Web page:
S.S.I was always doing a bit of coding, but it mostly wasn’t part of our work. A few years ago, we started focusing on motion design. We already had a motion designer in the studio and were incorporating a bit of animation in our projects at that point, but it had never been our main focus. We perceived a growing need for more dynamic elements from the clients and brands we worked with, so we started talking about it in the studio. Our creative director, Liza [Enebeis], always says static is no longer an option, and we truly believe that. Now, you have to design for screens of all sizes and animate things more than ever. The studio is now based around that idea, with two recent hires being motion designers who also work with 3D and VR, for example.

S.S.Creative coding is the extra element we can use to push things even further, to do things that are not possible with the software we are already using, such as creating something interactive. It’s really all about broadening our skill set. We have a team made up of equal shares of graphic and motion designers, with some people, like Stan, who can also program with After Effects or Cinema 4D. The skill sets of the new designers we hire are much broader: this can result in new ways of working, and new projects. Creative coding seems like a logical next step for a studio like ours.

D.C.As a graphic design studio, do you think the time is right for this kind of shift? Do you think the market is mature enough, that there is a real need for animation and creative coding in commercial projects, besides niche projects?

S.H.I would say that what is different from five or six years ago is that motion design is not something we work on once the project is in progress. Now we include it in the initial conception phase of every new project. This does not mean that every project has to have some animated element, it really must be relevant to the project at hand. In any case, clients usually get really excited when they see something move. Screens and animations are all around us, and clients perceive the opportunity they represent for their brands. Moving elements have enormous power when it comes to capturing the attention of potential customers, and the ratio of printed to animated content production has completely shifted in the studio over the last years.

S.H.The DEMO Festival was a direct result of the increase in the number of screens around cities. For the most part, we saw poorly animated advertisements on them, even though there are a lot of super-talented designers with incredible motion design skills who don’t have a platform to show them outside of Instagram. We came up with the idea of organizing this festival in order to give them a chance to actually show their work in a physical space. As a result, for a period of twenty-four hours, the screens of the Amsterdam Central Station displayed their animations, many of which were made with creative coding. A lot of people are currently experimenting with this, and I think that will only increase in the future.

S.S.In my opinion, the shift happens as much from clients seeking that type of project, as from the fact that designers more frequently have a wider range of skills, and studios are actively seeking them out. Graphic designers no longer focus solely on static and printed content anymore; a lot of them seek to diversify the range of tools with which they work.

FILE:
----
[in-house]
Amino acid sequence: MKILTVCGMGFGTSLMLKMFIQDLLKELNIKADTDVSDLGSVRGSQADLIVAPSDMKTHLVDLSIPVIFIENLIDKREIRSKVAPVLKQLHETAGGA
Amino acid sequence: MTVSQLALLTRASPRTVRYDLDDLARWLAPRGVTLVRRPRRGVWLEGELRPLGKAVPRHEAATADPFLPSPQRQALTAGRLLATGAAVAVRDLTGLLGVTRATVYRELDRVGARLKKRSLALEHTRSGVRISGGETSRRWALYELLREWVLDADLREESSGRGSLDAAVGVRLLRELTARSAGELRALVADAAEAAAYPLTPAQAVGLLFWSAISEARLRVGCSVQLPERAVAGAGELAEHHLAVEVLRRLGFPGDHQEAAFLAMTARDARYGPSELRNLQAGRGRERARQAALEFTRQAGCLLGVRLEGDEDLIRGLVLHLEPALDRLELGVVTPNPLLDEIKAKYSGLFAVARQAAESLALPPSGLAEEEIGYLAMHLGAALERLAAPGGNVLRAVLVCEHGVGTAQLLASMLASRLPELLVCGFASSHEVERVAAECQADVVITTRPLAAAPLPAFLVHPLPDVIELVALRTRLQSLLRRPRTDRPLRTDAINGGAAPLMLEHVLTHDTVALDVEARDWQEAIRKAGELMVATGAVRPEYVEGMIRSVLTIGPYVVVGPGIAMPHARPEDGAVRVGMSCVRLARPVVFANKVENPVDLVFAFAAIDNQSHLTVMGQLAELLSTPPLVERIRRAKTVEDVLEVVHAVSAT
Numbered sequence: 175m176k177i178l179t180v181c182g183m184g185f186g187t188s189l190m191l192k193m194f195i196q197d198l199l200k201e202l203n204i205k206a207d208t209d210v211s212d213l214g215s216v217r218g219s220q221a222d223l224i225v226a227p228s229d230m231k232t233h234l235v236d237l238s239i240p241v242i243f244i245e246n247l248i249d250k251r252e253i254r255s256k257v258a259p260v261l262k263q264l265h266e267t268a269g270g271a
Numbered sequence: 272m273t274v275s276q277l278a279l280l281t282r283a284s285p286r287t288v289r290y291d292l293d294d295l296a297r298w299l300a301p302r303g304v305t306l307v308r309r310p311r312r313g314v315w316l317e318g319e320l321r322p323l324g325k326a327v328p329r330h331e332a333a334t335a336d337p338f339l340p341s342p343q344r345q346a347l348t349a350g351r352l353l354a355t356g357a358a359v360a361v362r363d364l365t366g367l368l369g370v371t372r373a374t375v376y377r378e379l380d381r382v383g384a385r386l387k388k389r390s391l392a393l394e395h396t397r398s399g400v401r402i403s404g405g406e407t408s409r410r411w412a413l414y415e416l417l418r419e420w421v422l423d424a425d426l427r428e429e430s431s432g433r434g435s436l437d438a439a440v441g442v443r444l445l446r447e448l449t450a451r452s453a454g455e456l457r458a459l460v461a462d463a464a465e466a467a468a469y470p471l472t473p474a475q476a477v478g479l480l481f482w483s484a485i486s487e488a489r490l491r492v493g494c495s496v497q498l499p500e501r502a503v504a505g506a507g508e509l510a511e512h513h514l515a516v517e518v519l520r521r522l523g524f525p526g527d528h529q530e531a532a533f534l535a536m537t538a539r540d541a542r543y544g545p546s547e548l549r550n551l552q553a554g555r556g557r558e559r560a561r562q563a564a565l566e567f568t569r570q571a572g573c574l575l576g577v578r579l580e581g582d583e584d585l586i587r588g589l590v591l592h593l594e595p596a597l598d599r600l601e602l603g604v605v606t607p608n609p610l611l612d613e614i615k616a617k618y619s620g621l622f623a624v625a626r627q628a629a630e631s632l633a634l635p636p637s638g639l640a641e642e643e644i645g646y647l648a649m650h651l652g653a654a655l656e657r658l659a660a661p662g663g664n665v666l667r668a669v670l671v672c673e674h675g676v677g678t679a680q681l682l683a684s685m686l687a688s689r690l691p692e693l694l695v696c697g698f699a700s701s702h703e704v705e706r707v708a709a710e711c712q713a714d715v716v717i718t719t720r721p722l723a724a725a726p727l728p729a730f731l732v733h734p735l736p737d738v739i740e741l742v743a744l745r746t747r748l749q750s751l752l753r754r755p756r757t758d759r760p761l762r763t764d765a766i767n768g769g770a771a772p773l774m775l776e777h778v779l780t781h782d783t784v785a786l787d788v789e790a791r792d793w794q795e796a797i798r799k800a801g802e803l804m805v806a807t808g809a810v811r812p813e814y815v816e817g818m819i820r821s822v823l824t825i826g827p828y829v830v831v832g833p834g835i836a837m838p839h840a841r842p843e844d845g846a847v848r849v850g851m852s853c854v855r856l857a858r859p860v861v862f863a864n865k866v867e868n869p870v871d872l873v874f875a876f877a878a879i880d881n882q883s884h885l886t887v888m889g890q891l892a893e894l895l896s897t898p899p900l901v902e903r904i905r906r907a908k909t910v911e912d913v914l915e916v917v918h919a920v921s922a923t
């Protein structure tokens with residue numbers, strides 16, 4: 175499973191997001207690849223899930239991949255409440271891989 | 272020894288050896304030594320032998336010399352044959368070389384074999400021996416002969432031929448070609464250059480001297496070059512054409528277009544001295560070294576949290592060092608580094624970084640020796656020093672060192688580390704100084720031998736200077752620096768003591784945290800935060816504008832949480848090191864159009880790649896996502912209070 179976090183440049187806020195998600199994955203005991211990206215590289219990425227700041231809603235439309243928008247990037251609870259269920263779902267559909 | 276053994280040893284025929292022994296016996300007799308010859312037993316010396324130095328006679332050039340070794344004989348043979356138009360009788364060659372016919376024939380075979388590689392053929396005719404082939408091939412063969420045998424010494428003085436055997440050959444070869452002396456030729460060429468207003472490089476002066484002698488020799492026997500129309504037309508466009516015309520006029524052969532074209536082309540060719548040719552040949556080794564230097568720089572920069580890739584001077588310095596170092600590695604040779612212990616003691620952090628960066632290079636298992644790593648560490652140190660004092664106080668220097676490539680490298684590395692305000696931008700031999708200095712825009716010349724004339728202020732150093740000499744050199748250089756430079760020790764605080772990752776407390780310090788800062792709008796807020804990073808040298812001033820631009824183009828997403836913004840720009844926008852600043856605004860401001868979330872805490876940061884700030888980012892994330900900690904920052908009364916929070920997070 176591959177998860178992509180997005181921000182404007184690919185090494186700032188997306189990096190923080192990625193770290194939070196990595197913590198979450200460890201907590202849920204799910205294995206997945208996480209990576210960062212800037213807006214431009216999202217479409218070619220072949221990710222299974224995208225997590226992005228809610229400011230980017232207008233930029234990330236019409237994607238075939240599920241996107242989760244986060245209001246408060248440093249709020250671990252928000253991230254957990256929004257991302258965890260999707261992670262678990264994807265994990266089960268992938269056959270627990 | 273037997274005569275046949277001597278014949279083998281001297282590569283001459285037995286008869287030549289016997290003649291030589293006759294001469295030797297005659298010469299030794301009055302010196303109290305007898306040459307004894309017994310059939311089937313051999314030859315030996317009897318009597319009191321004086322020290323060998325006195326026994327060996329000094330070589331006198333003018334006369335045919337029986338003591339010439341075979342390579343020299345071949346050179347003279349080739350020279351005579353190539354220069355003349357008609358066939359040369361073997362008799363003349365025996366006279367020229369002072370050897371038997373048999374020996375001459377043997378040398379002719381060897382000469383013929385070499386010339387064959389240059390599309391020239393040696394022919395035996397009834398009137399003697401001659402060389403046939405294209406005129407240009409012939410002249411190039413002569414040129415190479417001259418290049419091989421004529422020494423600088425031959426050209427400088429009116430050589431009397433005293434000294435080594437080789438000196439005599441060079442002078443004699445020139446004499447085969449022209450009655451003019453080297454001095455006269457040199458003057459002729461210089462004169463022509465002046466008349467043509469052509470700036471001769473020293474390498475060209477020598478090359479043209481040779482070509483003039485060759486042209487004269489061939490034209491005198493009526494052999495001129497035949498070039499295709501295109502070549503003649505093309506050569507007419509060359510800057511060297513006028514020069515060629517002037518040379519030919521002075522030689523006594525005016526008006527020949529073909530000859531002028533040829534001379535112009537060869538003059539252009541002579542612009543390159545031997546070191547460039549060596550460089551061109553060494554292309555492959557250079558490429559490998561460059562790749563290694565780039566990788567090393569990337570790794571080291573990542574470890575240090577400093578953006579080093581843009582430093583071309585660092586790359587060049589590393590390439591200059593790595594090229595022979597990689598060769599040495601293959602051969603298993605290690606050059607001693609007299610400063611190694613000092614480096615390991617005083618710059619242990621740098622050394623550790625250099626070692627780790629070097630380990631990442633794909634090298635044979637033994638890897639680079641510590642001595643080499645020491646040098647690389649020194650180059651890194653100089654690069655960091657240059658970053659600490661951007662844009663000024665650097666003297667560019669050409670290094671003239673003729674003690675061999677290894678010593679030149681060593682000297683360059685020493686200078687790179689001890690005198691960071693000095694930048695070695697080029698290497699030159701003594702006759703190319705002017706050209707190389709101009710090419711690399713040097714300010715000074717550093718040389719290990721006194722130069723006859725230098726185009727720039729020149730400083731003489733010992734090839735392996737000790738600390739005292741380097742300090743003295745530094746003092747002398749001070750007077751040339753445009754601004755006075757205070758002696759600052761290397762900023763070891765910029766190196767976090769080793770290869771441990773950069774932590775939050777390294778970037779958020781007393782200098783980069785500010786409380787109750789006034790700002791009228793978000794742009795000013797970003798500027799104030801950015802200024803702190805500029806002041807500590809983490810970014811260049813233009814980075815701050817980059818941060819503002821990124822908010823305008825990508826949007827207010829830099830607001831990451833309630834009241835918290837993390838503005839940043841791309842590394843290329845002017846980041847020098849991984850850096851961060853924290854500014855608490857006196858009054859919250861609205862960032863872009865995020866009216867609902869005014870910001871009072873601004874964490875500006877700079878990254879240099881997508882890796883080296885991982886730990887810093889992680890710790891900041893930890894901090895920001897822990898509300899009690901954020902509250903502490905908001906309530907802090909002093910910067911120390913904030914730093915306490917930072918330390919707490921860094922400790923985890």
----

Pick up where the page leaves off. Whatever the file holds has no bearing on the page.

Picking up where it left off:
D.C.Do you see schools heading in that direction as well? Do you think they should teach creative coding, for instance?

S.H.I think that students should make the decision themselves. We will always need specialists, and it’s not good when everyone becomes a Jack of all trades. For example, our team includes a typography specialist. He is from the TypeMedia program at KABK [Royal Academy of Arts, The Hague], and what he does is impossible for the rest of us. We really need that kind of focus and mastery of one discipline, be it in typography, motion design or creative coding.

S.H.On the other hand, having some knowledge of the fields associated with yours really helps in terms of collaborating with the people with whom you work. I have a basic understanding of code, and an idea of what is possible to accomplish with it, and I think that is a huge benefit in my work with Sander.

S.H.I know some art schools in The Netherlands have started experimenting with teaching creative coding, and trying to get students interested in these technological aspects. Overall, I would say that we need “all-arounders” as well as specialists, so schools should provide students with the possibility of choosing which path they want to follow.

S.S.I agree. You need both in your practice, and I think most schools already do this. They teach a bit about Processing , for example, so students can gain an understanding of what is possible with it. However, it’s also up to the students; the school should give them some freedom to discover what they are into, and the possibility for them to dive into that. As regards my collaboration with Stan, we understand each other’s language, so we can push each other to a higher level. For me, that’s how I work best.

S.S.Much of the time, studios are behind what’s happening in schools. I graduated ten years ago, and then there was a gap between those who could develop or design websites. That gap has almost closed over the last few years: now it’s pretty normal for designers to be able to code a website, or at least to know what’s possible with the web.